Another essential component in my yearly week of solitude is reading Merton’s private journals. This makes for good company, and eases into a mutual, shared, living solitude—not only because he lived here, but more because his writings sound the depths of what it is to be alone, reflective, and left to the unseen presence of God who does not need to be seen. To sit is enough, to read and watch early autumn leaf-fall swept down from the maples, to feel the fragrant air, to hear faint bells marking time in the distance.

Merton captured such moments and put them on paper. I need to capture them too, but not to commit them to a page. Yet, thanks to reading Merton, I can better see what they are for all their worth.

The Place Is Your Meditation

Meditation, strange to say, seems less a need at the hermitage. Some days I forget it completely since the whole environment seems a meditation. Quiet activity and changing hours easily slide into meditation and ease off again to an awareness of this place itself. The place is alive. A gray lizard crawls with short stops along the sunlit edge of the porch. His serious, angular head bears notions impenetrable, ancestral memories of dinosaur days. My presence represents a novelty to his long, lonely days, and he shows no doubt I am a mere transient. This porch belongs to him. A mud-dauber wasp buzzes in the window where the channel of the frame forms a perfect canal for her mud tunnel. It proved futile to knock that out, since she rebuilt it the next day. Living with such wee creatures invites the mind to enjoy an intimate sense of belonging. You have to set your mind to this intimacy with other wild and living things. You can also get the creeps about it. Wildlife reminds me there are vital differences and distances where I do not belong, as when the red-tailed hawk “schrees,” asserting territory.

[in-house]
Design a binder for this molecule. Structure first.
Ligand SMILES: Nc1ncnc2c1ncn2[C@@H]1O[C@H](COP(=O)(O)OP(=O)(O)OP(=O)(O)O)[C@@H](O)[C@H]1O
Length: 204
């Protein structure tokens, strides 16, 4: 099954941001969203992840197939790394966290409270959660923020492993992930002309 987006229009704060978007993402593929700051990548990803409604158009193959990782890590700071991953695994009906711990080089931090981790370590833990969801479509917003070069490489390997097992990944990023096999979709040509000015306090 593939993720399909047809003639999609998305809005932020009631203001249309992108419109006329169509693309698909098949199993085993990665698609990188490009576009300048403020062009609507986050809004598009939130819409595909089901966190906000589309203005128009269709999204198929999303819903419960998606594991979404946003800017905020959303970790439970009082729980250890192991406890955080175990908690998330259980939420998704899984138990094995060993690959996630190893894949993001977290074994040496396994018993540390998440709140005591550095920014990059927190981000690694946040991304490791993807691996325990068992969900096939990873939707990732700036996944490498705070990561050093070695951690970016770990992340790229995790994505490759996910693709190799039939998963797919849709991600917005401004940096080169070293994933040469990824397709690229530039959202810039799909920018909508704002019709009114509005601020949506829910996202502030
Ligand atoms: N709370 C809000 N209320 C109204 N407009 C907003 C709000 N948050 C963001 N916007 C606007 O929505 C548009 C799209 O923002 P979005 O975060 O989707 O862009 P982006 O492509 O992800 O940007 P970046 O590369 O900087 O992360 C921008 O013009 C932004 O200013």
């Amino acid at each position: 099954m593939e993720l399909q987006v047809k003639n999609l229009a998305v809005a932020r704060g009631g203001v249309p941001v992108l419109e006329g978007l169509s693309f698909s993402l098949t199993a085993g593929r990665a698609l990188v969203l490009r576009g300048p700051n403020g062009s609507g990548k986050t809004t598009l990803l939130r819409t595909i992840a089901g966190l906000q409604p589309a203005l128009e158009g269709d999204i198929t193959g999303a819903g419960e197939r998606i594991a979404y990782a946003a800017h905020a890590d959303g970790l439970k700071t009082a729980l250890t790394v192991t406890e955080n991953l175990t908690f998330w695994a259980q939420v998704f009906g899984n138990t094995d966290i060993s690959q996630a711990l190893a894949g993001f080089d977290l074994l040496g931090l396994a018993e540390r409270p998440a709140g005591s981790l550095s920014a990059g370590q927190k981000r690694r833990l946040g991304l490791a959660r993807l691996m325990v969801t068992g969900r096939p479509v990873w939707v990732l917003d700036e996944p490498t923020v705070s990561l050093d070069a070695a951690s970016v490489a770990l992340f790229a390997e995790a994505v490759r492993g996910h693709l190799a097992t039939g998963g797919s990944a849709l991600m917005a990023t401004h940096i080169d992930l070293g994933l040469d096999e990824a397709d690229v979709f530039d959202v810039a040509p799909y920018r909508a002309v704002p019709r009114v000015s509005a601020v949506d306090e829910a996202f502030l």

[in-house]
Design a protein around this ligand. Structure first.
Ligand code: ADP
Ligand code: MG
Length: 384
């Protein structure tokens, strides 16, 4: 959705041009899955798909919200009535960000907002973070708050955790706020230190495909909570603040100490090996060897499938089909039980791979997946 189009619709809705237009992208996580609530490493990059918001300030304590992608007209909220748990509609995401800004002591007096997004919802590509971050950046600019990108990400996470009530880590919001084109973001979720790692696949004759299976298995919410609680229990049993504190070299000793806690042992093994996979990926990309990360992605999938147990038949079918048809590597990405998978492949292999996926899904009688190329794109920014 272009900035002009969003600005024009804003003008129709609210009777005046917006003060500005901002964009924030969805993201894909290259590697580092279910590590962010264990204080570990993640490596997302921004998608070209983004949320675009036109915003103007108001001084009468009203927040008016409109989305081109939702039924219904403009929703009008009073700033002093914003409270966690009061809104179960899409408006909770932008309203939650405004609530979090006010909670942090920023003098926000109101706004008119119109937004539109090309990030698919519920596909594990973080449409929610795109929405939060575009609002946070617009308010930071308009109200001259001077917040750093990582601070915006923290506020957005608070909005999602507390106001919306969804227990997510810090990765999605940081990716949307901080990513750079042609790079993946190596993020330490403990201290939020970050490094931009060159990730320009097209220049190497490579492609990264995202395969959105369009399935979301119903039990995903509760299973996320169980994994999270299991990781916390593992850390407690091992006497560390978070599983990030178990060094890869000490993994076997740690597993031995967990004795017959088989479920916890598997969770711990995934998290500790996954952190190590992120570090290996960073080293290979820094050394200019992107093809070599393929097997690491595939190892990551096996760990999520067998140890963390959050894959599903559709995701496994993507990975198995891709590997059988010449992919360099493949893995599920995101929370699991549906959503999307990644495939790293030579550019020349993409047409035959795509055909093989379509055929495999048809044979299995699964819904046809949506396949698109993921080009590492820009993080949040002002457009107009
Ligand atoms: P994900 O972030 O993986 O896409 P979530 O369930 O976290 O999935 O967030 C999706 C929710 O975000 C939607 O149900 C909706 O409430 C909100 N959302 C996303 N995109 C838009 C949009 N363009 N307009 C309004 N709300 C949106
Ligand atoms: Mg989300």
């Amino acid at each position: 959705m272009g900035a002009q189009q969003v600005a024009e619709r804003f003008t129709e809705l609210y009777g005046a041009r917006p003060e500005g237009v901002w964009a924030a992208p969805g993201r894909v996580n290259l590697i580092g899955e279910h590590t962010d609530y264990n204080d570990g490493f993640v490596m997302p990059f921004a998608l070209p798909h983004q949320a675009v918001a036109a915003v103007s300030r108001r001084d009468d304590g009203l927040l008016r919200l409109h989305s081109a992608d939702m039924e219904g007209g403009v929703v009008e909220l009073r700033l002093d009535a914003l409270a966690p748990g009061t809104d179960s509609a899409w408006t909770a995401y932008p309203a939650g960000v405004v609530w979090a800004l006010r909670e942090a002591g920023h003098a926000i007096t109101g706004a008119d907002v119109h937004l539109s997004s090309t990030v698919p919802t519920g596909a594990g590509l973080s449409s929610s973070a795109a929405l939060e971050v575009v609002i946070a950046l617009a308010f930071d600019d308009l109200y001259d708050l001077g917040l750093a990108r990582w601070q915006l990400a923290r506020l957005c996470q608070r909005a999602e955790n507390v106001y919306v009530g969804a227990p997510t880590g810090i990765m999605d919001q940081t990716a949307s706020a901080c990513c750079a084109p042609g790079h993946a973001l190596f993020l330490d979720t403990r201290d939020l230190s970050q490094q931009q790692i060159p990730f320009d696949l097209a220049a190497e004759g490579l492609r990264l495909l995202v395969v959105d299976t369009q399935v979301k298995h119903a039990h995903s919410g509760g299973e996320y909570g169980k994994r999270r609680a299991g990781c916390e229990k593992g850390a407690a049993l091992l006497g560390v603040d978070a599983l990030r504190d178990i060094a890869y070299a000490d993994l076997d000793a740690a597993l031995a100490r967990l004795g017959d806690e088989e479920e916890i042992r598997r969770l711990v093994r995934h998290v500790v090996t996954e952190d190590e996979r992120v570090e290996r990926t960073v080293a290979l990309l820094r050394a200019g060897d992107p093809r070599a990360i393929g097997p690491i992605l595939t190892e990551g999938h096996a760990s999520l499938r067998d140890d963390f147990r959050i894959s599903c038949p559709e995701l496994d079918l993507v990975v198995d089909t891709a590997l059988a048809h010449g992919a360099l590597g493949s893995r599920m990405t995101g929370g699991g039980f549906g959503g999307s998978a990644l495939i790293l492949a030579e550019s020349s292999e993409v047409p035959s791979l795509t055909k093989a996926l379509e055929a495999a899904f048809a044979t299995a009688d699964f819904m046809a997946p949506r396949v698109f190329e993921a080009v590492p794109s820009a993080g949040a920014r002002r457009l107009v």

Writing either comes spontaneously or not at all. It seems enough to keep a short, daily chronicle, if nothing more, unless a poem comes along begging to be written. A good number of monks and writers who stay here get passionate and find this cottage irresistible for writing and have turned out whole books on the experience—John Howard Griffin; Fr. John Dear; and Fr. Basil Pennington, O.C.S.O.; to name three.

Urge to Dance

I am often inclined while here to express inspiration in dance. Later this week, the sky moved my feet. Looking up, I discovered the half-moon dancing in a circle, forgetting I was stepping and swaying in a circle myself. A jet tracer struck a straight line through tree curves and clouds; cirrus horsetails stretched layer below layer to the horizon. As above, so below do I—toss my white shirt, stretch it as a cloud—lifting and pulling, tossing and dropping, working hands, stretching arms. My body draws down to earth, drifts up to sky, each movement unplanned, a surprising, flowing symphony of what the heart wants to do next, then next, then next. At last the shirt is tossed high, a wannabe cloud, caught and tossed, released to a life of its own in the breeze, the flight, the falling and catching.